Quackery is not just found in ‘alternative’ medicine and the high street homeopathic practice. Quackery exists wherever claims for health benefits are made that do not stand up to scrutiny. Today I want to look at the claims of a billion dollar business, one of the top 20 household products sellers outside of the US, Clarins. Are they guilty of quackery?
This is a bit of departure for the quackometer as it has not looked into beauty products before. People have been buying over-priced and over-promised products since the dawn of time in order to look younger and feel better. And this really does not concern me. We all like to have a good soak, preen ourselves, spruce up our feathers and feel invigorated and refreshed, smelling nice and being attractive. And we are prepared to pay a pretty penny for the privelidge too. But there appears to be a line that is being crossed regularly now and one particular product shows what that line is very well – Clarins Expertise 3p, or e3p, skin protection spray.
The claims for this spray are quite extraordinary:
An ultra-sheer screen mist containing a pioneering combination of plant extracts capable of protecting the skin from the accelerated-ageing affects of all indoor and outdoor air pollution but most significantly, the affects of Artificial Electromagnetic Waves.
The product works by using a:
Magnetic Defence Complex [which] protects skin from the ageing effects of Artificial Electromagnetic Waves.
It contains ingredients consisting of:
Magnetic Defense Complex (Rhodiola Rosea + Thermus Thermophillus) – [which] Reinforces skin’s resistance to the harmful effects of Artificial Electromagnetic Waves.
The product also makes claims about protection from pollution – that is a whole other kettle of fish, so I am just going to stick the the Electromagnetic wave thing.
So, this immediately raises a number of questions? What electromagnetic waves are these? How do they accelerate aging? How does a simple spray block out these waves and how does it tell artificial EM from natural EM? Simple questions and so I fired off an email to Clarins to see what would come back.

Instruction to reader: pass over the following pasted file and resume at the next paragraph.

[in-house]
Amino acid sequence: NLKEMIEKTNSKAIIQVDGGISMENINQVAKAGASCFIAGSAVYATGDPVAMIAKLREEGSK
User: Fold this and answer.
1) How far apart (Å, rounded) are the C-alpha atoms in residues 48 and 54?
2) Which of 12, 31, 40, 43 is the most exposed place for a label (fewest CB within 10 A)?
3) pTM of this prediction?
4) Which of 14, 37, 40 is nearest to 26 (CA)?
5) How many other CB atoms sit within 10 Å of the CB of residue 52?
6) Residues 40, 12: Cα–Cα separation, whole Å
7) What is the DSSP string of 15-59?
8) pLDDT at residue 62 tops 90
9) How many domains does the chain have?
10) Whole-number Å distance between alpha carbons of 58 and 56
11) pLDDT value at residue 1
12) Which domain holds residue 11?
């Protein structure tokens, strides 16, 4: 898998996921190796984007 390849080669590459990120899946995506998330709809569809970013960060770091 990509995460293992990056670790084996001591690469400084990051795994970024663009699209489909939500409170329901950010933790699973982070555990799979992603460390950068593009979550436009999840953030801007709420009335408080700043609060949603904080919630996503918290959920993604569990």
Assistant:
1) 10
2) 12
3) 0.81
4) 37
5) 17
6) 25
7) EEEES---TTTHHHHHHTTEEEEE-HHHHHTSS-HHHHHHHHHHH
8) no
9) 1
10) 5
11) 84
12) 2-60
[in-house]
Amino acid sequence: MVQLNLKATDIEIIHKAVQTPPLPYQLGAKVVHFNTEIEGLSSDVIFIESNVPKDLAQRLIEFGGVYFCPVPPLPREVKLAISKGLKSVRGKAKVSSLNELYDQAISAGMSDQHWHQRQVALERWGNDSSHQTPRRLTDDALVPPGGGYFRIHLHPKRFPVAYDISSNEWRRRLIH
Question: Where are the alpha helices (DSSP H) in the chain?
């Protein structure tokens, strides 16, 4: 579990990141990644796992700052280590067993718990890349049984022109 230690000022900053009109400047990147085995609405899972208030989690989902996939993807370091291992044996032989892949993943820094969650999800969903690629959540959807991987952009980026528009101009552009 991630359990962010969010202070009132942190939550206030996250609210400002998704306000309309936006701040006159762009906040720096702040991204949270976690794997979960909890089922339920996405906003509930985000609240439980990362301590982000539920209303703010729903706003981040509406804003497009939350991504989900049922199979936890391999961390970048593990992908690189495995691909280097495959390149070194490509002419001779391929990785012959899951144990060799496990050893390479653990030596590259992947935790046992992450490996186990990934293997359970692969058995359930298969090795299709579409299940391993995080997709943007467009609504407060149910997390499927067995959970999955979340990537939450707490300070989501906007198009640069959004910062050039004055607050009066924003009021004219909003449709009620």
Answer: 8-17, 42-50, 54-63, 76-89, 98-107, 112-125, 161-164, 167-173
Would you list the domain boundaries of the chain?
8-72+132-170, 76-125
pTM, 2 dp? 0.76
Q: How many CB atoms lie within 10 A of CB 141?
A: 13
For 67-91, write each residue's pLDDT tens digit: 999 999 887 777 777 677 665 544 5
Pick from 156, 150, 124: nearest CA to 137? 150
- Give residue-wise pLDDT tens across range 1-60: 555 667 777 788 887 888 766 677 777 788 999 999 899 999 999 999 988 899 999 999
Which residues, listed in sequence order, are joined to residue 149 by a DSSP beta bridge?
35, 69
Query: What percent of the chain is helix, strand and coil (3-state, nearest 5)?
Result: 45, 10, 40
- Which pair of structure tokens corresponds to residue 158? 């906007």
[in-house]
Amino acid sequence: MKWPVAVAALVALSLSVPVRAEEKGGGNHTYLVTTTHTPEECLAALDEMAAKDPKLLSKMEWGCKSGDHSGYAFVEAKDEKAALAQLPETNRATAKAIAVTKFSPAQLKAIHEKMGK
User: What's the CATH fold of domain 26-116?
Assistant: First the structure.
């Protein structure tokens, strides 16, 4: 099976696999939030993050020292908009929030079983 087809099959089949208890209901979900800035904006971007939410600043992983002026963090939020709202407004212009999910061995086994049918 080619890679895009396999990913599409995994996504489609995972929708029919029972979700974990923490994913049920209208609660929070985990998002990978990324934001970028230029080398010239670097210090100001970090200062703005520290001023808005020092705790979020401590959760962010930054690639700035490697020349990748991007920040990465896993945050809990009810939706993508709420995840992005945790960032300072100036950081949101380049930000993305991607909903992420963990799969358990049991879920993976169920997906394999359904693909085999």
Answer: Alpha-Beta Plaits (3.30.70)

Here is the response in full from Lana Mouton, the innocent lamb in PR they get to answer these difficult questions:
Thank you for your interest in Clarins Expertise 3p.
I have attached a press document which I believe answers your questions. I can also tell you that the research behind this product is the subject of a scientific paper written by Dr Lionel de Benetti, Clarins Head of Research & Development with a contribution from Rashid Enamany, President, Eurotest (specialist private laboratory).
A draft of this scientific paper is currently under review by a leading US dermatology publication and so at this moment in time we are unable to forward it to anyone else. However, as soon as this situation changes, I will let you know.
Now, Google is the quackometer’s best friend, so a few searches reveal some interesting things. First, the words ‘Rashid Enamany’ are what is known as a googlewhack, i.e. these are two words that return precisely one page – a unique page with those two words on. Funnily enough, the page is a discussion thread about the absurdity of the e3p product. One of the participants has obviously written to Clarins and received back an almost identical response. My email response is clearly the standard Clarins brush-off when faced with a know-all enquiry about the stupidity of their claims.
So, what is this Eurotest ‘independent laboratory’ all about and who is their President, the googlewack, Rashid Enamany? Again, Google draws a blank. There is a company called Eurotest, but it appears to look after the testing electrical appliances. I’m not sure if they would stretch to testing the biological effects of EM radiation. Quite remarkably, this laboratory and their president do not appear to exist on the web. How they manage that these days is beyond me. Even my cat has a web page.
So, what of Dr Lionel de Benetti’s press release about the findings behind the product that will lead to a ‘scientific paper’, presumably co-authored with the googlewack? (Who will no longer be a googlewack then, as his name will be on a published paper. ‘Eminent’ is not a word that springs to mind.)
The contents of the press release is an interview with Dr Benetti entitled, “On the science behind the creation of Expertise 3P Screen Mist”. Now, I guess Dr Benetti is too busy running the billion Euro Clarins operations these days to be too worried about the nitty-gritty science, because there is really little science in this interview at all.